From this month in my postings: on 8/3 “Brief shot: cock time”, about the expression cock time:

An atrocious pun [on clock time], but satisfying in that some … item is not merely introduced into a context for a near-homophone, but participates in the world of that model expression. We see something that’s a cock [a man’s penis] and a (kind of) clock.


The Jerk Fest

August 22, 2023

On jerk, jerky, and jerking (off), quoting (in full) two excellent surveys of this domain: from the Grammarphobia site in 2016; from The Ringer site last month — the second of these using research by lexicographer Ben Zimmer reported on his Wall Street Journal column (which is behind a paywall).


Affinal equivalents

August 16, 2023

In a comment on my 8/15 “niblings” posting, Aric Olnes reports having 20 niblings (sib’s kids), “27 including spouses”. Now, sib’s kid is a consanguineal relationship — of kinship “by blood” — in both of its parts, sib and kid. Including spouses introduces an affinal relationship — of kinship by marriage — into the mix.

A nibling’s spouse would be, technically, a nibling-in-law, but we don’t customarily treat such a person as an in-law; either they’re no kin at all (instead, in some Americans’ terminology, they’re a connection), or they’re treated as equivalent to a nibling (the way Aric treats them); sib’s-kid’s spouse counts as equivalent to sib’s kid.


Fresh Baby Meat Ravioli

August 15, 2023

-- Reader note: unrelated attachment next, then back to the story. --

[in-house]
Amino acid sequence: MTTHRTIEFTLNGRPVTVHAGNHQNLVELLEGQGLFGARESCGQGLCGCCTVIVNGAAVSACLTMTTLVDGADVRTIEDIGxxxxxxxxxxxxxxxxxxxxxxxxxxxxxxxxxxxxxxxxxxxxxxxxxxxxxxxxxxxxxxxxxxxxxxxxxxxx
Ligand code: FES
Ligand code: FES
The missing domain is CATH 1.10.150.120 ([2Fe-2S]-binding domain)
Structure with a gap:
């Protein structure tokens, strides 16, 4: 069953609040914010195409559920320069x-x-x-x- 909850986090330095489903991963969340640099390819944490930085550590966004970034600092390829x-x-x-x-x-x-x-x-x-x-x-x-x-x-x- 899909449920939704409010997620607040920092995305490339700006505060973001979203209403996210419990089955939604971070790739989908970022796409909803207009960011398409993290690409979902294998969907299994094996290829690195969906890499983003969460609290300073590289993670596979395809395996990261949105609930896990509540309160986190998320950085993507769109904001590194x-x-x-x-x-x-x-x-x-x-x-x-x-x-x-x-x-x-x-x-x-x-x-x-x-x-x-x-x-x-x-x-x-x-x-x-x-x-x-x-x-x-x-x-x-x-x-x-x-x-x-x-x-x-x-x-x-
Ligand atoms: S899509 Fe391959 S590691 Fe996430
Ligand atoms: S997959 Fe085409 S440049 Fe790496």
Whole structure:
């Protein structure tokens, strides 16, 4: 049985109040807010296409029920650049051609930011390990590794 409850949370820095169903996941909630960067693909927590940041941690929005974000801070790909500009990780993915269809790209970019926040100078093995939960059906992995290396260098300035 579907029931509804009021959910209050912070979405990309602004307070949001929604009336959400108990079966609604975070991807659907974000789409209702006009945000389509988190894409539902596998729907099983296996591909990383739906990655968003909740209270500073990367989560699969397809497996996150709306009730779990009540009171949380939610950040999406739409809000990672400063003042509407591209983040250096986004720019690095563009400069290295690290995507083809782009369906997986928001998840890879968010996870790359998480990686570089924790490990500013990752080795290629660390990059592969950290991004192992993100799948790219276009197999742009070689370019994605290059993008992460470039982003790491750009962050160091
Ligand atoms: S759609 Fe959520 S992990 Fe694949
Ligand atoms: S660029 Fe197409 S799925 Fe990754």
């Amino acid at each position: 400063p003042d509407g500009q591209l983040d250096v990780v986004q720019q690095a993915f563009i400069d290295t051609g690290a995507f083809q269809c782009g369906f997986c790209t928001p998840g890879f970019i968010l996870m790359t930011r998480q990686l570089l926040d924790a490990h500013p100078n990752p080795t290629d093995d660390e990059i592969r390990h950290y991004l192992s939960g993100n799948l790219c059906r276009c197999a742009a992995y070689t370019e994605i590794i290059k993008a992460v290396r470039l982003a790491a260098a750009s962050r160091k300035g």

In the everlasting battle between brevity and clarity, this grievous loss for the clarity side, in an Australian grocery skirmish, fought in the aisles of the Preston Market in Melbourne VIC some years back.

From Michael Palmer on Facebook yesterday, this photo of miniature ravioli, made with fresh fillo / filo / phyllo pastry (from Antoniou Fillo Pastry in Moorebank NSW — “specialists in Australia since 1960”), and filled with meat:

[MP, snarkily:] Locally sourced isn’t a problem, but free-range babies are difficult to come by these days

It’s hard not to read the four-word label as advertising ravioli made with fresh baby meat — when the intention was to advertise the ravioli as fresh and baby(-sized) and meat(-filled), or (in my words above) as miniature ravioli, made with fresh fillo pastry, and filled with meat.

Brevity stripped the label down to only four (non-compound) words, and then there was no hope for clarity. You can get it down to four words, but you’ll need more space:

Fresh Baby-Size [or Miniature, or Mini] Meat-Filled Ravioli

The noun baby as a modifier has to go, and there’s not much you can do about the order of the modifiers (since these follow an ordering on the basis of their semantics). But Fresh Mini Meat-Filled Ravioli isn’t much longer.

(MP found other images of this display, from other angles, with a dated version back in 2016 that refers to Preston Market.)